When you make a call, text, or use data, your phone sends and receives RF signals back and forth between its antenna and nearby cell towers. The radiation from Bluetooth and WiFi devices falls into the same basic range on the electromagnetic spectrum—between FM radios and microwave ovens—as the RF waves from cell phones. But because the distances traveled by WiFi and Bluetooth signals tend to be much shorter (between your router and your laptop, for instance, or your smartphone and your wireless speaker) the RF can be transmitted at a much lower power than from a cell phone, which could reduce the effect it has on living tissue.

The objective of this study was to investigate effects of 2.437 GHz radiofrequency radiation (24h/day for 20 weeks) emitted from indoor Wi-Fi Internet access devices on rat testes using histological and immunohistochemical methods. Researchers observed significant increases in serum 8-hydroxy-2′-deoxyguanosine levels and 8-hydroxyguanosine staining in the testes of the experimental group indicating DNA damage due to exposure (p < 0.05) as well as decreased levels of catalase and glutathione peroxidase activity in the experimental group, which may have been due to radiofrequency effects on enzyme activity (p < 0.05). These findings raise questions about the safety of radiofrequency exposure from Wi-Fi Internet access devices for growing organisms of reproductive age, with a potential effect on both fertility and the integrity of germ cells.
The aim of this study was to determine the structural changes in the frontal cortex, brainstem and cerebellum in the male rat brain due to electromagnetic wave exposure (900, 1800, 2450 MHz, 1h/day for 2 months). While the histopathological changes in the frontal cortex and brainstem were normal in the control group, there were severe degenerative changes, shrunken cytoplasm and extensively dark pyknotic nuclei in the EMR groups. Biochemical analysis demonstrated that the Total Antioxidative Capacity level was significantly decreased in the EMR groups and also Total Oxidative Capacity and Oxidative Stress Index levels were significantly increased in the frontal cortex, brainstem and cerebellum. Researchers concluded that EMR causes structural changes in the frontal cortex, brainstem and cerebellum and impairs the oxidative stress and inflammatory cytokine system. This deterioration can cause to disease including loss of these areas function and cancer development.
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When using your phone or tablet, consider keeping it away from your head and body. That is particularly true in areas where the cellular signal from towers is weak—when your phone has only one bar, for example—because phones may increase their power then to compensate. To do that, you could try texting or video-calling when possible, using the speaker phone on your device or a wired or Bluetooth headset, carrying your phone in a bag instead of stowing it in your pocket, and not resting your tablet on your body for a long period of time. When you go to bed, consider storing your phone away from where you sleep, switch it to airplane mode, or turn it off entirely.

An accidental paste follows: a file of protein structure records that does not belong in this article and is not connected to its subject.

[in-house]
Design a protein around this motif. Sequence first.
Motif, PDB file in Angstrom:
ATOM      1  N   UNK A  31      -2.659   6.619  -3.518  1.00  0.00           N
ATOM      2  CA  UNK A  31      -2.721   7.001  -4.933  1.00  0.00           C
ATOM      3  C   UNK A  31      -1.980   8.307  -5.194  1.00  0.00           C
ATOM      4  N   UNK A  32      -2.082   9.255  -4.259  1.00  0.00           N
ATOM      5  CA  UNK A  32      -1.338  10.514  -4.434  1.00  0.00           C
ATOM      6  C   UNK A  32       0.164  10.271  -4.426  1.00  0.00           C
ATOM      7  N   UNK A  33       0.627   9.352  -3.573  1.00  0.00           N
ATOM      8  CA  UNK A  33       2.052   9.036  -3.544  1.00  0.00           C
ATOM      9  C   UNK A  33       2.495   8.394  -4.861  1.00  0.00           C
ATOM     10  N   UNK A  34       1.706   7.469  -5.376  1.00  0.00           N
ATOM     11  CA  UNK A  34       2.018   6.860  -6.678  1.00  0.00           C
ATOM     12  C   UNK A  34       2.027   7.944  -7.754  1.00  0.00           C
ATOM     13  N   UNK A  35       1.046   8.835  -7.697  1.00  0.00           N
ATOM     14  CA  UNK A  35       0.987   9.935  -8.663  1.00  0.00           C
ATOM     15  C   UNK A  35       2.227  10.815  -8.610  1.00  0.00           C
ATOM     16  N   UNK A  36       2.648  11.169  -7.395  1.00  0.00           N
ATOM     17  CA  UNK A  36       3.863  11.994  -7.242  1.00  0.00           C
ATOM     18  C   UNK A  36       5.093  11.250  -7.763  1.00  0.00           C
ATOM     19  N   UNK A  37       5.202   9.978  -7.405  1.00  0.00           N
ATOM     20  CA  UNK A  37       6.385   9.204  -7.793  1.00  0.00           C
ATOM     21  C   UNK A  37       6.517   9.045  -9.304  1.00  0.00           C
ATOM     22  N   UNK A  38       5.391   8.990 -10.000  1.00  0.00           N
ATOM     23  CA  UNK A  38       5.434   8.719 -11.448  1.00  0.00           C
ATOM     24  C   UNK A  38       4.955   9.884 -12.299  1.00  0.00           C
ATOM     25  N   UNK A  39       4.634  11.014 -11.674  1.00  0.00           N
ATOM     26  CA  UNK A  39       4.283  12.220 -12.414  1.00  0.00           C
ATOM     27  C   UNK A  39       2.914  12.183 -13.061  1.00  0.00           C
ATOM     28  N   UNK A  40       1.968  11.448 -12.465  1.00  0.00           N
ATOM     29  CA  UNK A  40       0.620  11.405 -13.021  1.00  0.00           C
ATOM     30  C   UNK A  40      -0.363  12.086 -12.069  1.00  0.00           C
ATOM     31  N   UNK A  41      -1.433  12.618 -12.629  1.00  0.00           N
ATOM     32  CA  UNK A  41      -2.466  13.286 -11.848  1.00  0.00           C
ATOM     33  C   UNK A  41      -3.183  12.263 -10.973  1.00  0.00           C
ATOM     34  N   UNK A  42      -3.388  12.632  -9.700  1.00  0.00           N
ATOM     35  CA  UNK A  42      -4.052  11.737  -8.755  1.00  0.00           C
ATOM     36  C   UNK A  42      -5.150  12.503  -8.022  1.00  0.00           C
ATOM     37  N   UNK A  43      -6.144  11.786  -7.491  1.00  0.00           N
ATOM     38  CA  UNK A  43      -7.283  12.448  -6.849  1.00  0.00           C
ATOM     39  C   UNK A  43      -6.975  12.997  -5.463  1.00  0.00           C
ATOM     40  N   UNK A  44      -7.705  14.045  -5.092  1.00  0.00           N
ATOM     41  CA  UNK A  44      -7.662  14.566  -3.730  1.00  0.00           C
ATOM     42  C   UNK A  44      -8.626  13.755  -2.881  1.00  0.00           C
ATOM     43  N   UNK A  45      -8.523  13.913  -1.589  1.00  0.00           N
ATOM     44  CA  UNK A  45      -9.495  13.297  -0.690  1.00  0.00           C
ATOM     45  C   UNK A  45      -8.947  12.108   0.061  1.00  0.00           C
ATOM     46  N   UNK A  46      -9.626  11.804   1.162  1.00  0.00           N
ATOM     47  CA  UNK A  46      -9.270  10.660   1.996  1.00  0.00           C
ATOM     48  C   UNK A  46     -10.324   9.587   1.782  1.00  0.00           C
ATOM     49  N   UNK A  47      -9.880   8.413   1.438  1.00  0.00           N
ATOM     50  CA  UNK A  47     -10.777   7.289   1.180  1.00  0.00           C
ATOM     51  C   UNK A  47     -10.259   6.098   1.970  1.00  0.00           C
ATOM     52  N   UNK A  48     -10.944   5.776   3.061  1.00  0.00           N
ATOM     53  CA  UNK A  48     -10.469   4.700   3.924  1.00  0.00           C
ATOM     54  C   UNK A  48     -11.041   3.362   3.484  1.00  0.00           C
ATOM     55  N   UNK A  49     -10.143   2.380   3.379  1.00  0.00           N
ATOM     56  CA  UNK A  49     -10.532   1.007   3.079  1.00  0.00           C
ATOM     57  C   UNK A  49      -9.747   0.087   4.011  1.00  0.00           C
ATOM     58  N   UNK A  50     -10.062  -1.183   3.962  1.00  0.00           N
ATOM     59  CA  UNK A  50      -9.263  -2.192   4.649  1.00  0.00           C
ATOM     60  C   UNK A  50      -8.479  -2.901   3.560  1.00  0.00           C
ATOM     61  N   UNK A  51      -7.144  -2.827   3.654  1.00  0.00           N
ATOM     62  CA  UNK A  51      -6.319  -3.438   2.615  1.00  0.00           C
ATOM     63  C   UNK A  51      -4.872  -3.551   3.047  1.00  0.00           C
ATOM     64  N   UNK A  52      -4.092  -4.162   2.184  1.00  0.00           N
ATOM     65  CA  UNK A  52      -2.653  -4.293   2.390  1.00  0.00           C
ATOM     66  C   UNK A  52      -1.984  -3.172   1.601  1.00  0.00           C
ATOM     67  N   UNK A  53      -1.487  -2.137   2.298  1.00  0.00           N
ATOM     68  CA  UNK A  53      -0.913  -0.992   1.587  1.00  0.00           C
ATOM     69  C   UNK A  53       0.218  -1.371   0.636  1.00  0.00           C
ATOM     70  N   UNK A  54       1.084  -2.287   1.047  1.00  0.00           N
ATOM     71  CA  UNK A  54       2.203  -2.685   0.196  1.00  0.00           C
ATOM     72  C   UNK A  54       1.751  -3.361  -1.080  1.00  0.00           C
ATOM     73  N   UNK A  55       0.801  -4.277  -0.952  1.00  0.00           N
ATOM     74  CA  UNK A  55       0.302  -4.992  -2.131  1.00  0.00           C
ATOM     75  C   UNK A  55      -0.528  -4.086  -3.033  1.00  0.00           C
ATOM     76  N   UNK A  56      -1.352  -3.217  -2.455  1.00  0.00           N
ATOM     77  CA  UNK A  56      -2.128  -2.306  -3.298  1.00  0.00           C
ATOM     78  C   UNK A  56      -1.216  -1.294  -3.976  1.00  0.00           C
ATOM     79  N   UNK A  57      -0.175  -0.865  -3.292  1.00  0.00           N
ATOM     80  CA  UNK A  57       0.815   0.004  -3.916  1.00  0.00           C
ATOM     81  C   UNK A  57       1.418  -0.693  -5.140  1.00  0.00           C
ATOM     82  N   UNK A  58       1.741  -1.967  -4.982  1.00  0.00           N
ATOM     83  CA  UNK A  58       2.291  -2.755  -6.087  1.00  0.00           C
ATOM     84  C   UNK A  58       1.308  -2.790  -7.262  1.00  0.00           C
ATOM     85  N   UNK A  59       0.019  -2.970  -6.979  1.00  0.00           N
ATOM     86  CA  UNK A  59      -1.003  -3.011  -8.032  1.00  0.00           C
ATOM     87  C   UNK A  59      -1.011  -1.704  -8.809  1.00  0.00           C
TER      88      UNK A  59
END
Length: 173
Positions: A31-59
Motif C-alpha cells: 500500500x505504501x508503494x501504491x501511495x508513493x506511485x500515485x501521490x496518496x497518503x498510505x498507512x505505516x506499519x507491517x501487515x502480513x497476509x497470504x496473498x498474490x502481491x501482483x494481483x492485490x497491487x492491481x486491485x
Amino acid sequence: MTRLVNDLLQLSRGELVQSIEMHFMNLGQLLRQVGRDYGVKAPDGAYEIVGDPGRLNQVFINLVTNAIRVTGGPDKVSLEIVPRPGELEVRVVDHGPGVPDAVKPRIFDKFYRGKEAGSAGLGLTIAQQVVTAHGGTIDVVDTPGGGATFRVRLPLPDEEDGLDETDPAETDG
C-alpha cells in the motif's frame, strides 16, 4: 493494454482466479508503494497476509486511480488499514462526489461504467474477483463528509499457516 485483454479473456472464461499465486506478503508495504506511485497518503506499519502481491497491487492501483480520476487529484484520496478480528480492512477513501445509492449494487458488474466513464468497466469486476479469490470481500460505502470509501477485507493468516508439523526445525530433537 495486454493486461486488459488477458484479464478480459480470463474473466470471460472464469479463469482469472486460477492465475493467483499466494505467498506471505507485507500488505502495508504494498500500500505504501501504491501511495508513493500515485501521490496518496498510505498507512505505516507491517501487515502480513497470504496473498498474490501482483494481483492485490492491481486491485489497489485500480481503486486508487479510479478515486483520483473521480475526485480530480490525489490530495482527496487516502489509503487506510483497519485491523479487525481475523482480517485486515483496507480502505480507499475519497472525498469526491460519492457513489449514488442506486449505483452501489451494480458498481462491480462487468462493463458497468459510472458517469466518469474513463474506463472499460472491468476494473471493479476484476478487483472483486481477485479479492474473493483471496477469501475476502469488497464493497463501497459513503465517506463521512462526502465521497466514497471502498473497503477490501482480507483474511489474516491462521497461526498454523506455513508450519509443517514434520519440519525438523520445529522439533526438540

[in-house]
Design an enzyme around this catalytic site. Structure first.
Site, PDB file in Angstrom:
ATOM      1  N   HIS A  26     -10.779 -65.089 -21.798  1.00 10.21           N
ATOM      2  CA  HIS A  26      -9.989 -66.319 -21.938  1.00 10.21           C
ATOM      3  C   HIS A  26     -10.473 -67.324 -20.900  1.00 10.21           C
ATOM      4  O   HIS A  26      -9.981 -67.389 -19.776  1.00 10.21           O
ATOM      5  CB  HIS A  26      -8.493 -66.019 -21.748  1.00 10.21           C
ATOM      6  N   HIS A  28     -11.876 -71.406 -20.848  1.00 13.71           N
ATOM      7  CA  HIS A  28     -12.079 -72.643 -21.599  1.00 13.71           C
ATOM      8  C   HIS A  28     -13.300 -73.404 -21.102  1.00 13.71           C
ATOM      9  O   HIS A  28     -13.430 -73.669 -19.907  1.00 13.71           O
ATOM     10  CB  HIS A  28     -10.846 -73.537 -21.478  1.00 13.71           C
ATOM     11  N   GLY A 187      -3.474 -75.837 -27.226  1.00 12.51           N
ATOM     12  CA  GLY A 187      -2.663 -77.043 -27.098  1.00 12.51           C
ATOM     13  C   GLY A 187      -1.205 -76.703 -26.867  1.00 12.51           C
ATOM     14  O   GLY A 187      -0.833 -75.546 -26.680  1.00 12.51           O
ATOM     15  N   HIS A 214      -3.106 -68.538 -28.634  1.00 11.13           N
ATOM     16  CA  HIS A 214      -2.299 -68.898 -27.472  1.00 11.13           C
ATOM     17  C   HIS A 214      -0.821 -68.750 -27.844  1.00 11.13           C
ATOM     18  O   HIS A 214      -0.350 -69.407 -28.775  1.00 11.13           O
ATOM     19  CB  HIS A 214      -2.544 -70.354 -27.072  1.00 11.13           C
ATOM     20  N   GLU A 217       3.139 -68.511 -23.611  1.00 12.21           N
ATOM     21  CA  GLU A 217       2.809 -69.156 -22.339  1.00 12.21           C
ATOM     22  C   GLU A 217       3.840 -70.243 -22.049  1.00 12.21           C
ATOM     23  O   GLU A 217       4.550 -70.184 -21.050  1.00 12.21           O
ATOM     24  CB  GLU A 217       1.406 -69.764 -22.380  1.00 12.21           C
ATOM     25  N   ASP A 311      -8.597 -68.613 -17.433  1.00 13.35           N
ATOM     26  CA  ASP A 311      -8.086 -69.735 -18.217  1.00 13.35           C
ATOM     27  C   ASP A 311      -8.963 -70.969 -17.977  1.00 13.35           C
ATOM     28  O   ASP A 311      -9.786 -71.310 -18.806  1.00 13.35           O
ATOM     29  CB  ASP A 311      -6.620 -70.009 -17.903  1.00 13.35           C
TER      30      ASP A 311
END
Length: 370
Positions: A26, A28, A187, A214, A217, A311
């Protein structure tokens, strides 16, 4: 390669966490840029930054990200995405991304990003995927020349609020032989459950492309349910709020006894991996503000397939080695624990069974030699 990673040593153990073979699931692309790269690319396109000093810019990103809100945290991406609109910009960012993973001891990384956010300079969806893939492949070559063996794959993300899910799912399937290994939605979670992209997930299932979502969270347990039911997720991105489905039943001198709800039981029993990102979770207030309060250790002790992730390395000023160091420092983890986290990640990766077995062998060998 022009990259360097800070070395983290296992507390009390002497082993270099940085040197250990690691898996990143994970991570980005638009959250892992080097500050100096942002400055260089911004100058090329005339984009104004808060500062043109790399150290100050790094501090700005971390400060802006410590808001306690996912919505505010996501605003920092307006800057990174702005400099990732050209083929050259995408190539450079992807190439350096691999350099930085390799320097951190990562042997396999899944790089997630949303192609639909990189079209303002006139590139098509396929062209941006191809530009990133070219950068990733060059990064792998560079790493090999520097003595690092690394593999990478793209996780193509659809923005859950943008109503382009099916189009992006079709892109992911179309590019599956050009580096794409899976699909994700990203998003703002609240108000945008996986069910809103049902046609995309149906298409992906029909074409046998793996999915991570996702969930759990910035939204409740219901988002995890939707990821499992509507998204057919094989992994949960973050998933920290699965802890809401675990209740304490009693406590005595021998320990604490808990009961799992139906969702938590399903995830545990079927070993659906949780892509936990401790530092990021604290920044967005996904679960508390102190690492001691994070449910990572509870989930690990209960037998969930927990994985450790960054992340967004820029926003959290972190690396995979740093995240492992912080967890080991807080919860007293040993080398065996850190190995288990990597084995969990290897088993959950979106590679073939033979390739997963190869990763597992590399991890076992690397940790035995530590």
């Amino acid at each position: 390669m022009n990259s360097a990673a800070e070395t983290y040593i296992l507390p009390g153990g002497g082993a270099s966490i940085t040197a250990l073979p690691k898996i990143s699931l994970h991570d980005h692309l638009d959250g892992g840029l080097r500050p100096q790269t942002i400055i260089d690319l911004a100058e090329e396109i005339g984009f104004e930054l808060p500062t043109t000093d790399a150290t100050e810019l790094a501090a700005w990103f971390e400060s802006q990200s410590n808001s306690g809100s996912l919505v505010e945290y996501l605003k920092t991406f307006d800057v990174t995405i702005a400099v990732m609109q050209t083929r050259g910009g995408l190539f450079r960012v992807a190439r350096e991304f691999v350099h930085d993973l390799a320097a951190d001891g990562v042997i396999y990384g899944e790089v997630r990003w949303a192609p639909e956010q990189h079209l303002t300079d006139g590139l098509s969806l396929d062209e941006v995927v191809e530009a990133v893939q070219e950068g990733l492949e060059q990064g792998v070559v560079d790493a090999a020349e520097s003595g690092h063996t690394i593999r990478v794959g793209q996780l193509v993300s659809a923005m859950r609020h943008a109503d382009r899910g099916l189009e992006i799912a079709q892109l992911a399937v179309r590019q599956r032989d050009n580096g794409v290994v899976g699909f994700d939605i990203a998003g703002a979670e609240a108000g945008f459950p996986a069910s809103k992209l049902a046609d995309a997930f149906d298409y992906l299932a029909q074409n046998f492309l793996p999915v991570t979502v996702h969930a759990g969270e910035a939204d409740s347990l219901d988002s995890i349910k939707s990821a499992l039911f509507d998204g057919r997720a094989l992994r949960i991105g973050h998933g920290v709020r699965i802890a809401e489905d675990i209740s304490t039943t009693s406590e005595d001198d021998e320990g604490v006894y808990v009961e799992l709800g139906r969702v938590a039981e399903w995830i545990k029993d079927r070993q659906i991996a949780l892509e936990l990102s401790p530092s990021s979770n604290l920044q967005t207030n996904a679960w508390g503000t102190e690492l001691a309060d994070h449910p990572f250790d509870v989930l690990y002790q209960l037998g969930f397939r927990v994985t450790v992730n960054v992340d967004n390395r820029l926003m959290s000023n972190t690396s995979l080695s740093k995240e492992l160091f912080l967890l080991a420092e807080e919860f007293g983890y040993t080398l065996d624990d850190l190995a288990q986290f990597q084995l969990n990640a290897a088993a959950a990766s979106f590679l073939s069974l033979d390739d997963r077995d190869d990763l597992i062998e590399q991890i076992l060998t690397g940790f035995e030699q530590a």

No, it isn’t. It is true that International Agency for Research on Cancer (part of the World Health Organisation) has classified radiofrequency electromagnetic fields, including radiofrequency electromagnetic fields from wireless phones as ‘2b’ in its monographs on the evaluation of carcinogenic risks to humans. But that’s by no means proof of danger. You see 2b is ‘possibly carcinogenic’ and as well as Wi-Fi, the category includes coffee, carpentry and pickled vegetables. Some evidence has to be present (except when insufficient evidence is accepted) but the case does not have to be proven.
26. Learn about the potential effects of radiation on reproductive health. “I would recommend that [Consumer Reports] forewarn its readers not to keep their cell phones near their genitals. We have substantial evidence that cell phone radiation damages sperm in males and some evidence of reproductive health effects (i.e., neurological disorders) in human offspring as well as mice for females exposed to cell phone radiation during pregnancy. We also have preliminary evidence of increased breast cancer risk for women who kept cell phones in their bras.” – Dr. Joel M. Moskowitz, The 4 Cell Phone Safety Tips Offered By Consumer Reports Isn’t Enough, RFSafe; Twitter: @rfsafe
In a separate study by the same Swedish team, they found more than seven times the risk among people using a cell phone more than 20 years and 6.5 times the risk for long-term users of cordless phones. As expected, most of the gliomas and acoustic neuromas were on the same side of the head, which was usually exposed to the phone. In the 2013 official report on the medical evidence for brain tumors, the International Agency for Research on Cancer concluded that radiation from cell phones is “possibly carcinogenic to humans”.
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